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Lidl J.D. Gross Single Origin Chocolate Bar Reviews

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When I make chocolate brownies, I typically head to my local supermarket and pick up 300g of single-origin own-brand chocolate. A good 70%+ bar really makes the difference between an okay and highly addictive chocolate brownie.

When I visited my local Lidl store a while back, I spotted a trio of J.D. Gross single-origin chocolate bars at a pocket-friendly £1.12 per 100g bar.

As research for my next brownie bake, I decided to pick up boxes from Madagascar and Peru to see what they were like. There was also a box of single-origin Grenada milk chocolate so I picked this up too, just to see how it compares in appearance and flavour.

So, what's Lidl's single-origin chocolate like, and is it any good for eating and baking?


All three bars come sealed inside a brightly coloured cardboard box. Each features a gold-foiled J.D. Gross logo and the cocoa origin information is similarly styled.

The Madagascan box is decorated in reds, whites, and greens, and depicts a graphic of a lemur together with an outline of the country. The Peru box features more reds and oranges, and includes a depiction of a llama. The Grenadian box is perhaps the brightest of them all in a happy cacophony of yellows, greens and reds, together with a graphic of a butterfly.

Lidl J.D. Gross Single Origin Chocolate Bar Reviews
The three bar boxes side-by-side

Each box carries the Fairtrade logo on the front, and text that describes each bar as using the finest single-origin cocoa beans.

The reverse of the boxes is a little less exciting, but contains the obligatory ingredients list and nutritional information. The bars are labelled as suitable for vegetarians, and all three carry a warning that these products may contain nuts. It also mentions that all three bars are produced in Germany using single-origin cocoa from the respective sources.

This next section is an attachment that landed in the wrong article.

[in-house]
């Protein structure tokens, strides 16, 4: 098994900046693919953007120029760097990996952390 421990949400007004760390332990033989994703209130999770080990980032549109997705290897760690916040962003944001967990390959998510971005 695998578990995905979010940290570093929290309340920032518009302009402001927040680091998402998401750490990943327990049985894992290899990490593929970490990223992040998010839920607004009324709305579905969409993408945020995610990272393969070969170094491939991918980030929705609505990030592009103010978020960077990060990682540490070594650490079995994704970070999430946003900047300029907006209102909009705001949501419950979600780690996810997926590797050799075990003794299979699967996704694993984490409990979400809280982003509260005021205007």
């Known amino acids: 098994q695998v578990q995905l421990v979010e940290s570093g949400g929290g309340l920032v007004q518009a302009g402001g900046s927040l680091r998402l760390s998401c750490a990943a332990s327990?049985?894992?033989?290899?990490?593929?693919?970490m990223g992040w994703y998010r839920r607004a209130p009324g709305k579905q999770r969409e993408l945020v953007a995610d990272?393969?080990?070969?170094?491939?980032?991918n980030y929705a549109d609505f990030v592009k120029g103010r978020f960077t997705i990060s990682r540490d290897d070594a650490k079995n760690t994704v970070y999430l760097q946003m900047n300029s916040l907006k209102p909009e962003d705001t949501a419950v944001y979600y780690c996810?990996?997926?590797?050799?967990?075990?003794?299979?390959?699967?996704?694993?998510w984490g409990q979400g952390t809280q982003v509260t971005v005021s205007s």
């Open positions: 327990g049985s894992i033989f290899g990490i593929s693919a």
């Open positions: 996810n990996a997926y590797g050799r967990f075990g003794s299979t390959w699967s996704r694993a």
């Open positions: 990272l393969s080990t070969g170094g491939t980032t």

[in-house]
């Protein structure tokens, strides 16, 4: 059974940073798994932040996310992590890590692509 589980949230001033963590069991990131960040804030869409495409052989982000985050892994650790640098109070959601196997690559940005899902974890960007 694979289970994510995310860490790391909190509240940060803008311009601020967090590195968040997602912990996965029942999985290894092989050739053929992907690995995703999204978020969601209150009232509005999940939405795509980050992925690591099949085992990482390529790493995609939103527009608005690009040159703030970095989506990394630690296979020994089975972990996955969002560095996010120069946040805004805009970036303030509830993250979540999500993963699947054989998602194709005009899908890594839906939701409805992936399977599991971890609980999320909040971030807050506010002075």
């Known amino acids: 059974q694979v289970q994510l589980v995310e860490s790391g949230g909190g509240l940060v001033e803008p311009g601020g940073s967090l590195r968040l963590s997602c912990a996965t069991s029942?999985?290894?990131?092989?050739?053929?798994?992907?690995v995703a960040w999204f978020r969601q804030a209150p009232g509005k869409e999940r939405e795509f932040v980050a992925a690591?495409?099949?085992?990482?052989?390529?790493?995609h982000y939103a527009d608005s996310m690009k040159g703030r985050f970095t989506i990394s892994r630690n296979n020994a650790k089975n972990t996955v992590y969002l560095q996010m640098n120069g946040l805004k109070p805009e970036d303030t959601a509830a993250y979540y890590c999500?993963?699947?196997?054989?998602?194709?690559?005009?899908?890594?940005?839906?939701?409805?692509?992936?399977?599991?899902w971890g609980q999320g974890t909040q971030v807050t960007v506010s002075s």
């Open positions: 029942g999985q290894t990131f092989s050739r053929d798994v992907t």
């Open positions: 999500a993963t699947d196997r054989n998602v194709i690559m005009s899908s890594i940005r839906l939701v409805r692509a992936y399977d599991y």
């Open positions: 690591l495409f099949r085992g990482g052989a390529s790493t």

Lidl reckons each 100g bar contains 10 servings, which feels about right, if a little optimistic. With a bit of willpower you could get six servings but realistically, I think we're looking at between two and four, as these chocolates are very easy to chow down.

Lidl J.D. Gross Single Origin Chocolate Bar Reviews

Unusually, each of the boxes opens up at the front like a book, revealing a bar clad in golden-coloured paper decorated with the J.D. Gross branding.

Remarkably, all three of my bars survived the trek back home in tact.

70% Madagascar Single Origin Dark Chocolate Bar Review

Lidl J.D. Gross 70% Madagascar Single Origin Dark Chocolate Bar ingredients:
Cocoa mass, sugar, cocoa butter, fat reduced cocoa powder, emulsifier (soya lecithins), vanilla extract. Cocoa solids: 70% minimum.

  • Around 27% sugars.
  • Sugar, cocoa and vanilla extract traded in compliance with Fairtrade Standards, total 99%.

As I peel back the golden-foiled paper emblazoned with the J.D. Gross logo, I was surprised to find quite a lively aroma. Supermarket chocolate, even single-origin supermarket chocolate, has a reputation for being lacklustre. Is this the bar that changes that perception?

The aroma servers up notes of plums and jam, with just a whiff of smoke and hay. So far, so promising.

The chocolate is quick to melt but slow to yield any discernable flavour. After a while, a creaminess coats the palette with vague cocoa notes coming into play. To its credit, there's a surprising lack of bitterness here. But, there's also little in the way of nuances that you'd expect from a good-quality single-origin chocolate. There's a hint towards chocolate brownie, which follows through into the aftertaste, and indeed, this is a bar I'd use in a chocolate brownie recipe.

Lidl J.D. Gross 70% Madagascar Single Origin Dark Chocolate Bar Review

RRP: £1.12 | Lidl | Shop now

A promising aroma that suggests excitement but the flavour doesn't live up to expectations, with vague chocolate brownie notes throughout. Personally, I'd use this bar to bake chocolate brownies. It's easy enough to eat, but it lacks excitement.

Score: 3.4

60% Peru Single Origin Dark Chocolate Bar Review

Lidl J.D. Gross 60% Peru Single Origin Dark Chocolate Bar ingredients:
Cocoa mass, sugar, cocoa butter, emulsifier (soya lecithins). Cocoa solids: 60% minimum.

  • Around 38.5% sugars.
  • Sugar and cocoa traded in compliance with Fairtrade Standards, total 99%.